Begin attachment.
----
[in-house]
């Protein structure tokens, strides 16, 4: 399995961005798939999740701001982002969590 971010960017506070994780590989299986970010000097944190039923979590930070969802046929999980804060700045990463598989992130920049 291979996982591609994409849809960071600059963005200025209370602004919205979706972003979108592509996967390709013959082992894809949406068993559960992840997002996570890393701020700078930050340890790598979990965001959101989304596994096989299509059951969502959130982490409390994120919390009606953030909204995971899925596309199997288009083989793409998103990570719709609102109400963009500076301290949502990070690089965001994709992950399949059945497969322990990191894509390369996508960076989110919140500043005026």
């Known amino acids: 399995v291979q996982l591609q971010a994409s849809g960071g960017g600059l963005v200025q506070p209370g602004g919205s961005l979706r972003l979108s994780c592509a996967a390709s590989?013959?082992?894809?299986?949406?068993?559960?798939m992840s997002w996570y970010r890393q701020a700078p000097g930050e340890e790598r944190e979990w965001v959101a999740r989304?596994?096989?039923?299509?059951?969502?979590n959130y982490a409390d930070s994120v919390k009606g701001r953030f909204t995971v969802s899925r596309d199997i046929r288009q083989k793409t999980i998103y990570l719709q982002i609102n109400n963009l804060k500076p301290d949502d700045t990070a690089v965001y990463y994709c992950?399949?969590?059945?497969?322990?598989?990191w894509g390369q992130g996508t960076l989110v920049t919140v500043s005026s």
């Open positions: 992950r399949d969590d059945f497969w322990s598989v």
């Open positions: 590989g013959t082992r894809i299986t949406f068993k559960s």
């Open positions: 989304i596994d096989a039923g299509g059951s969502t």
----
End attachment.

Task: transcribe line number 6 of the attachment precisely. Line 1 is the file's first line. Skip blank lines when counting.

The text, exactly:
């Open positions: 989304i596994d096989a039923g299509g059951s969502t």